Original Research

The development of the model for recognition of prior learning for nurses in South Africa

T Khanyile
Curationis | Vol 28, No 4 | a1015 | DOI: https://doi.org/10.4102/curationis.v28i4.1015 | © 2005 T Khanyile | This work is licensed under CC Attribution 4.0
Submitted: 28 September 2005 | Published: 28 September 2005

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T Khanyile, University of the Western Cape, South Africa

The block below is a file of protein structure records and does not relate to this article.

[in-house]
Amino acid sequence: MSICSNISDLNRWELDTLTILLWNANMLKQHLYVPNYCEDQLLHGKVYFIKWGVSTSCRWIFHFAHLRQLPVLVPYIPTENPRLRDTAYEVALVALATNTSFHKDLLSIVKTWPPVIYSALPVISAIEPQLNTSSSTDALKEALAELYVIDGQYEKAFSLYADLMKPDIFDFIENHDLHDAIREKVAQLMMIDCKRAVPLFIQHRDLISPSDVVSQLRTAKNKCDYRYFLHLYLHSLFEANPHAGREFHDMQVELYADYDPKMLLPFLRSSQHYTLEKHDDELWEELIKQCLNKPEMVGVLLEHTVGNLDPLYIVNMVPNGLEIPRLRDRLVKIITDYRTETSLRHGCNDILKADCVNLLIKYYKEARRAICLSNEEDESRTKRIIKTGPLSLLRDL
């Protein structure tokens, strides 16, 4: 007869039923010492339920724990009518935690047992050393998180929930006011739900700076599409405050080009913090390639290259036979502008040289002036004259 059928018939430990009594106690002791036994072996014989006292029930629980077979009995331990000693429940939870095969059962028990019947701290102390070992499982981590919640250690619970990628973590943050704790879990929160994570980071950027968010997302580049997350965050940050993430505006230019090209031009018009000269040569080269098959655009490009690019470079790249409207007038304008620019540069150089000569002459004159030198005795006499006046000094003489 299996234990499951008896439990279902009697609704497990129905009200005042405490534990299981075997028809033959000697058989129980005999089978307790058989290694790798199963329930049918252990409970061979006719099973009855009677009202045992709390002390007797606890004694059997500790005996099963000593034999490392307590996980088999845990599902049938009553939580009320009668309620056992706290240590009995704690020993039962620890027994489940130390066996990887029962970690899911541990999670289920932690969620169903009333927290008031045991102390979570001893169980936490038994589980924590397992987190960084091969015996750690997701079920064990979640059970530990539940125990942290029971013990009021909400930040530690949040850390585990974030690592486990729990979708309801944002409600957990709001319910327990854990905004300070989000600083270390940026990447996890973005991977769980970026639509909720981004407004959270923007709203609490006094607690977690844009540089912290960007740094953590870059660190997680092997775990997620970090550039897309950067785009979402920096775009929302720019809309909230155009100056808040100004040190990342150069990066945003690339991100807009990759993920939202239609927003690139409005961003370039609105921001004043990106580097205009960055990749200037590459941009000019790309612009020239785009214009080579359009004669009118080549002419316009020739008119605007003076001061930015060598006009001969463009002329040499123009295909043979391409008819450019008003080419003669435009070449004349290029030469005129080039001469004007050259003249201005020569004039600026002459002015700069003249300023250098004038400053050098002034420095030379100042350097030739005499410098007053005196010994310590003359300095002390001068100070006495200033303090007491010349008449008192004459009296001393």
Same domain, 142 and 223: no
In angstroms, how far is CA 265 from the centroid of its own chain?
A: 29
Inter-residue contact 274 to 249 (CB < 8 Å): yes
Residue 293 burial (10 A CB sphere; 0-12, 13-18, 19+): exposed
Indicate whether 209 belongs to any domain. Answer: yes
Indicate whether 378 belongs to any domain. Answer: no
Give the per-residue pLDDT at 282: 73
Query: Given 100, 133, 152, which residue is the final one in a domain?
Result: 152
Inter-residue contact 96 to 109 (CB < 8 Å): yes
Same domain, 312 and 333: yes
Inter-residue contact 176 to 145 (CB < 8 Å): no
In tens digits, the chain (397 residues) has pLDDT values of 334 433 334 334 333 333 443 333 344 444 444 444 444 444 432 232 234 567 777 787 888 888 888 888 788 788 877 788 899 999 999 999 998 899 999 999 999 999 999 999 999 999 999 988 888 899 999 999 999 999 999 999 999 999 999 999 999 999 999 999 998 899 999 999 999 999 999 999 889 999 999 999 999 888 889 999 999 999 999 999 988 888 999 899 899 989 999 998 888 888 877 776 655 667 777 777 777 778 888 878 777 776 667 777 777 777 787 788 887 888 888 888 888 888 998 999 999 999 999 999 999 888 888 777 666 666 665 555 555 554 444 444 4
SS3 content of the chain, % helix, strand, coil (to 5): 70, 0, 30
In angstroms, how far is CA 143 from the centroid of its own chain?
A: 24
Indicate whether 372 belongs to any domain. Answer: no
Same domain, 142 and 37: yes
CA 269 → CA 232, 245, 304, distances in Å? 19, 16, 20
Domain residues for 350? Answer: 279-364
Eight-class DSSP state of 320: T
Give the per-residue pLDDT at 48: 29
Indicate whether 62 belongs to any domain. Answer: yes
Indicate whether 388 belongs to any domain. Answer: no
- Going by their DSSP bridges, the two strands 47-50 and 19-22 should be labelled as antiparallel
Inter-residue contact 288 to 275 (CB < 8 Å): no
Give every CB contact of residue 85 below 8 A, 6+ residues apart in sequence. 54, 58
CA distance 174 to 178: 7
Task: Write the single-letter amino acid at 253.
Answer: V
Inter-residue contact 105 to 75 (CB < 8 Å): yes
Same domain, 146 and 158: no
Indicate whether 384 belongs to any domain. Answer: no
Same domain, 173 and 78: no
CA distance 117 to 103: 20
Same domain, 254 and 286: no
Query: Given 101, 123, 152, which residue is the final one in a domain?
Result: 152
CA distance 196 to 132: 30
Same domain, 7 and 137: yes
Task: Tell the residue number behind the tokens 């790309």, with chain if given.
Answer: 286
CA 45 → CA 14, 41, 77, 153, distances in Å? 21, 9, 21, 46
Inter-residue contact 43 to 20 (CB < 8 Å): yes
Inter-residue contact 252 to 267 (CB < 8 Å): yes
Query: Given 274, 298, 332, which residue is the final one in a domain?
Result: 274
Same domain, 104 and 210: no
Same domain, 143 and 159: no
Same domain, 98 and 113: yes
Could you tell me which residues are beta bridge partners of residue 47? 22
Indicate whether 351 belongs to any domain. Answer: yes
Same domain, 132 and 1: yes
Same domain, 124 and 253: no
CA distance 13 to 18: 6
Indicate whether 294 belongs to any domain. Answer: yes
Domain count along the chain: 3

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The National Qualifications Framework (NQF) was established to address the compartmentalization of education and training, the absence of norms and standards and the need for international recognition. According to the South African Qualifications Authority (1996),this framework was aimed at developing a comprehensive qualifications structure and an integrated approach to education and training in the country (NCHE, 1996:46). Educational institutions, including those for nursing, were challenged with a view to rethink the whole culture of teaching and learning and was counted as knowledge. The major principle of the NQF was the Recognition of Prior Learning (RPL), which had to be pursued across all sectors (Musker, 1998: 8). RPL was seen as a means to widen access into learning programs for those who had been historically denied this. The challenge for educational institutions was how to ensure that RPL systems once implemented did not compromise academic standards. Research into methodologies to implement the NF in the absence of mechanisms was then essential. The purpose of the study was to develop and test a RPL model for nurses in South Africa. The study adopted a multi phase decisions oriented evaluation research design. Stuffelbeam’s educational evaluation model was used to guide data collection and analysis. The research questions were incorporated under the different phases of evaluation. The model was development at six levels: level one was at the policy makers level; level two was at the stakeholders; levels three to six were at institutional level where three institutions participated at pilot site for the RPL model development. These levels are presented as tiers in the figure 1. This article present the results of the model development at the first two levels, which according to Stuffelbeam ‘s model is the context evaluation for boundary setting. Part two will present the model development at institutional level, involving the input and process evaluation and depicted as tiers three, and four.


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